What’s actually in the calf milk replacer?
In this series about the raw materials used in Denkamilk products we will explain a number of aspects in detail. The previous article on the raw materials in calf milk replacers covered different dairy products. This article focuses on vegetable proteins.
The inclusion of vegetable protein sources in calf milk replacers arose at a time when dairy products were expensive and the price of calf milk was under pressure. Proteins from vegetable sources were economically interesting and increasingly available. Vegetable protein is not found naturally in milk so a lot of research was carried out at our DenkaFarm Innovation Centre to find the right sources and prerequisites for a successful application.
Research is essential
Before a new protein source can be used in milk for calves, as well as for kid goats and lambs, it is first extensively tested in the laboratory. We test properties such as solubility and stability and check for the presence of various anti-nutritional factors (ANF) before we do research on the animals. ANFs are substances in plants that protect it, for example, from insect attack, but they often have a negative effect on digestion and the health of the animal. Examples of ANFs are trypsin inhibitors and tannins (bitter substances). We do not want to introduce these types of substances to our young animals whose digestive systems are still very sensitive. That’s why all raw materials are intensively checked for these ANFs before they are used. In this way we ensure that the vegetable-based raw materials used in our milks are completely safe.
After the raw material has been approved in the laboratory, we carry out digestibility trials in our research centre. Here we establish the digestibility of the raw material in order to determine the value of the product. With this information we can calculate the correct inclusion level of the new protein in the diet and we know if there are any limits to its digestibility.
Several vegetable-based raw materials are frequently encountered in calf milks. One of these is wheat protein or wheat gluten. Wheat protein was originally a by-product of wheat starch extraction and it contains a high proportion of protein, more than 80%. In addition, it is a very safe product because it does not contain ANFs. However, there is one condition when using wheat gluten in calf milk: it should be hydrolysed. Hydrolysis is a process in which the proteins are enzymatically cut into smaller pieces, so somewhat pre-digested. If this step is not applied to wheat gluten then the raw material is poorly soluble which of course is not practical for a calf milk replacer. Figure 1 shows the difference in solubility with or without hydrolysis.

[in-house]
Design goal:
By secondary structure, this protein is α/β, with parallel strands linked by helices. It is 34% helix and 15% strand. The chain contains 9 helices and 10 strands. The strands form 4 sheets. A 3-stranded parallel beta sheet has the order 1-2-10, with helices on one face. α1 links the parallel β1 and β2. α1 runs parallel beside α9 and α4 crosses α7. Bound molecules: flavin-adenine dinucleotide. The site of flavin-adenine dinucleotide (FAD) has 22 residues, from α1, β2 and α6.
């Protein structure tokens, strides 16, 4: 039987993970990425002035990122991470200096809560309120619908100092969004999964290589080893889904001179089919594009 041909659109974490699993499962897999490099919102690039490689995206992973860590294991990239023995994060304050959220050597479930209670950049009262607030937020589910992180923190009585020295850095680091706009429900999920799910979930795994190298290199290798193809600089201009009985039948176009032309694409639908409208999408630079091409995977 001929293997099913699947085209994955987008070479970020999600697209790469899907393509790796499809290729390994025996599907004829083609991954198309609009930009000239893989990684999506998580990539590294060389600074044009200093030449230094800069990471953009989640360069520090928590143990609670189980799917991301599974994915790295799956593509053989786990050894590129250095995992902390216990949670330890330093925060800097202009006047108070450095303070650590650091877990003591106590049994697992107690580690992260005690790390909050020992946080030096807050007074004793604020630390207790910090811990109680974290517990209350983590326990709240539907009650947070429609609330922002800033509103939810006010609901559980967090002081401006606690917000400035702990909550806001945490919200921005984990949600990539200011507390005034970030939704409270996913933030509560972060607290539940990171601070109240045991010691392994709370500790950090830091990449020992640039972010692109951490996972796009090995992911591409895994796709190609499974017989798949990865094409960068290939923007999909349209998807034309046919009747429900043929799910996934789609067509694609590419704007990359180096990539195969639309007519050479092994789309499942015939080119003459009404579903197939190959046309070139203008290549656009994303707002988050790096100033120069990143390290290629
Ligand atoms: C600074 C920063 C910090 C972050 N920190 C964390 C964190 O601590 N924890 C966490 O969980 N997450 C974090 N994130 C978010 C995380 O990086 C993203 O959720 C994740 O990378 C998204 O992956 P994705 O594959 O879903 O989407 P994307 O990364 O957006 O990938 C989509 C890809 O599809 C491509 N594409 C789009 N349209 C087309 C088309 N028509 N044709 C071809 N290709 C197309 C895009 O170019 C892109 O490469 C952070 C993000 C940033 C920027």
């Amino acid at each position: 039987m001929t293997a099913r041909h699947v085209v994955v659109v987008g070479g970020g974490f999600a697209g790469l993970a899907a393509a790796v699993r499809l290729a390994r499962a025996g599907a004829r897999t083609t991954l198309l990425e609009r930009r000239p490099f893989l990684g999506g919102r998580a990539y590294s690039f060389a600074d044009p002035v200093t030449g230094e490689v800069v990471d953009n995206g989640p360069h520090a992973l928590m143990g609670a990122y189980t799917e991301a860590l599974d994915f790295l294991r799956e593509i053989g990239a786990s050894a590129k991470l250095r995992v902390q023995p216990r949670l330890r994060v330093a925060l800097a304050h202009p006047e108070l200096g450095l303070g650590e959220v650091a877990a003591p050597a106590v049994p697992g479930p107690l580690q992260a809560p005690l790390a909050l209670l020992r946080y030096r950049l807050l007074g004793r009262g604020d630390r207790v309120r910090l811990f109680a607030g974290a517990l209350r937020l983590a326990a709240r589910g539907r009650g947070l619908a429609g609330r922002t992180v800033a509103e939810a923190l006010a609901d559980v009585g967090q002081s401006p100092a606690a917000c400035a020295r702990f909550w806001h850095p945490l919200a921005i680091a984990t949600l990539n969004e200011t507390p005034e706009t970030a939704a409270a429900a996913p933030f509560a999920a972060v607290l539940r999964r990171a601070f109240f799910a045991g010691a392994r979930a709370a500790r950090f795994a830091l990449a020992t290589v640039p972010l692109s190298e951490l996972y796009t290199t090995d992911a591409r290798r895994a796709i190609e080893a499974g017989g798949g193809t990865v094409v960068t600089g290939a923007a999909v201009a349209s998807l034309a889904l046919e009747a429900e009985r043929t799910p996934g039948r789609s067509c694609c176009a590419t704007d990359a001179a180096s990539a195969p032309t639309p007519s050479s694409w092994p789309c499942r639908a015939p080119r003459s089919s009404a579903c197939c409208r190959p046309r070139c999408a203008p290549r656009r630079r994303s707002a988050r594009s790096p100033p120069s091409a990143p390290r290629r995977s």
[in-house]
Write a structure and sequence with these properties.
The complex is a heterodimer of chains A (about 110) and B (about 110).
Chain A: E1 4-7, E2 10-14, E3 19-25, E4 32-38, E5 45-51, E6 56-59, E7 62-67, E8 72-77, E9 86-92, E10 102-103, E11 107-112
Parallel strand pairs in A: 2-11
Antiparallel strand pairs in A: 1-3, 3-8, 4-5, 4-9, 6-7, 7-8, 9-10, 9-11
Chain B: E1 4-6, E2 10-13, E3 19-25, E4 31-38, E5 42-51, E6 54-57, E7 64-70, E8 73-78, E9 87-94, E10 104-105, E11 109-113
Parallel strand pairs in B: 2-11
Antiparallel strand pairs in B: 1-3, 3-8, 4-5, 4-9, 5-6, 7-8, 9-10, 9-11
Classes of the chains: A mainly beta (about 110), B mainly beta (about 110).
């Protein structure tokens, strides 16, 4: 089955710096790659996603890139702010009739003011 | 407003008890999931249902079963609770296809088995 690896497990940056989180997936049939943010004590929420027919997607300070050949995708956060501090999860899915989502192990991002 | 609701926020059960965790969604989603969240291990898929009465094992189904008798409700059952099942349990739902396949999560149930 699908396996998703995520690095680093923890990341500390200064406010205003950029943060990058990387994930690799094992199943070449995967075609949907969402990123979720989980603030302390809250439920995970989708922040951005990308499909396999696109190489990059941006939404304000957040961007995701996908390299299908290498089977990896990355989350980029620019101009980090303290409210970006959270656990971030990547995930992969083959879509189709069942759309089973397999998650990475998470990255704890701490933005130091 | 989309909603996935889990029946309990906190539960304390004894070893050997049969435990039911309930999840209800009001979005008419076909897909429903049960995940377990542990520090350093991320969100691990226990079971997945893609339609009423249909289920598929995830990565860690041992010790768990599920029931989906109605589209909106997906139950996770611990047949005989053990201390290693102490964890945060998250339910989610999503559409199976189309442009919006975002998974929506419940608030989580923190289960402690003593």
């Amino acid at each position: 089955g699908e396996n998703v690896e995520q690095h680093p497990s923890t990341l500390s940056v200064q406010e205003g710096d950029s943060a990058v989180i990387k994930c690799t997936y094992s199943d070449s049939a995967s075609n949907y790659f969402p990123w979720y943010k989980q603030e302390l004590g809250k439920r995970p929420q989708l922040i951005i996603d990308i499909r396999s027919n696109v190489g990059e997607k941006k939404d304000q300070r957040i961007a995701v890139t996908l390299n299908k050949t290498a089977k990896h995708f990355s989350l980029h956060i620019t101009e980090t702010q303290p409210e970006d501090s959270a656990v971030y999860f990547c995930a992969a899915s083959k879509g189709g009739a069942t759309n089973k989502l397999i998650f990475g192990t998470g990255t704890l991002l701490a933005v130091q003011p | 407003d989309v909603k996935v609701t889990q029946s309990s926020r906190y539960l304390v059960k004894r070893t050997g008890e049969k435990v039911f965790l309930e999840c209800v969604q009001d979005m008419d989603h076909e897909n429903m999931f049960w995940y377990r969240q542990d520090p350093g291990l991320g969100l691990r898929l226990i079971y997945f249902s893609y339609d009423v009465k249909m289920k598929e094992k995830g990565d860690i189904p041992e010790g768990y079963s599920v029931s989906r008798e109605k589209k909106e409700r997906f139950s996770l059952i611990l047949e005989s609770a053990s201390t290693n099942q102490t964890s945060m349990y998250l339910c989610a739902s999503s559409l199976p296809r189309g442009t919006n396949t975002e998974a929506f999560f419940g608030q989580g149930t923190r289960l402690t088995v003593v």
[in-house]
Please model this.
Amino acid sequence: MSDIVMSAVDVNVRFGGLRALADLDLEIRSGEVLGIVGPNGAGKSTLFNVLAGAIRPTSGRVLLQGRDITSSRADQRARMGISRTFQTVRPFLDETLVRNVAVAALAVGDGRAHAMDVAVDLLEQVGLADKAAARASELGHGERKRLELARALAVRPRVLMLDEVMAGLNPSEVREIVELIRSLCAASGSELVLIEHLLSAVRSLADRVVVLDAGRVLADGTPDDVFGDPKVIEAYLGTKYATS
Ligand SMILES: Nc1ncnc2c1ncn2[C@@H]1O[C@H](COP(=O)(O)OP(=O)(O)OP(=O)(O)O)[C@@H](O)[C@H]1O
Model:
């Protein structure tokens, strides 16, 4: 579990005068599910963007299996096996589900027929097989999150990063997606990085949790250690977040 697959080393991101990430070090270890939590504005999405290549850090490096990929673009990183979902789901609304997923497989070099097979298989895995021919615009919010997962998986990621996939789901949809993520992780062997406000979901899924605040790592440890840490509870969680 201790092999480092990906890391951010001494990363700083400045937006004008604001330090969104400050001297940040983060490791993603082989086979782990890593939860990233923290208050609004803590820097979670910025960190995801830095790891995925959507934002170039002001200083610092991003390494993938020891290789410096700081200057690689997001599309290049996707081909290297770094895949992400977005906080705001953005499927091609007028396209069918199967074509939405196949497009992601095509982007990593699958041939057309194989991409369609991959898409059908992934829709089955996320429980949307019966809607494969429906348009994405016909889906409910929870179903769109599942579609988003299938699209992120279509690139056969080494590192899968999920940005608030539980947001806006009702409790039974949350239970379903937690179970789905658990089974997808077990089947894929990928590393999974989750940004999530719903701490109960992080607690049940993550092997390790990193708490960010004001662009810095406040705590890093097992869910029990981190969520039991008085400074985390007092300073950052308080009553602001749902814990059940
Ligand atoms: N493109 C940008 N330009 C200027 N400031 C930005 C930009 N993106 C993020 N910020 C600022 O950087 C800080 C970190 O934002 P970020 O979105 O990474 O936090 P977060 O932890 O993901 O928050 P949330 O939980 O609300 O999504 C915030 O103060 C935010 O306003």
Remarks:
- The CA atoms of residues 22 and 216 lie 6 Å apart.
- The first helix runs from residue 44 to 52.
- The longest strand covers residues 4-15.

Soya protein concentrate
Another common vegetable protein source in milks for calves and lambs is soya protein concentrate or SPC. Soya protein concentrate is a by-product of the soyabean oil industry. There is a lot of difference in quality within the group of SPCs and selecting the right source is essential. Several ANFs are naturally occurring in soya, but luckily by means of processing these can be made harmless so that the soya protein can be utilised by the calf or lamb. Our laboratory tests every consignment of SPC as it is delivered for the presence of these ANFs to ensure that we only use the correct quality. SPC also has clear benefits because animals find its taste pleasant and the profile of the essential amino acids is reasonably similar to that of dairy protein, which makes the biological value of the protein high for ruminants.
Pea protein is also a vegetable protein source that we process into a number of products. We use material from a special sort of pea that has been through an extra production step so that it is readily soluble, no longer contains ANFs and is easily digested by the animal. The biggest advantage of pea protein is its flavour. Kid goats in particular find it very tasty.
Quality makes the difference
Whereas the previous article stated that there are many types and qualities of dairy raw materials, the world of vegetable raw materials is probably even larger. In addition to wheat, soya and peas, there are many more possible vegetable protein sources, which might not be used now, but in future will play an important role. However, remember that the quality requirements and preconditions that must be made on these raw materials in order to be correctly applied, are more crucial than for dairy proteins. Nevertheless vegetable protein sources play an important role in the protein component of milk replacers for young animals and offer an opportunity to optimally utilise by-products from other industries.
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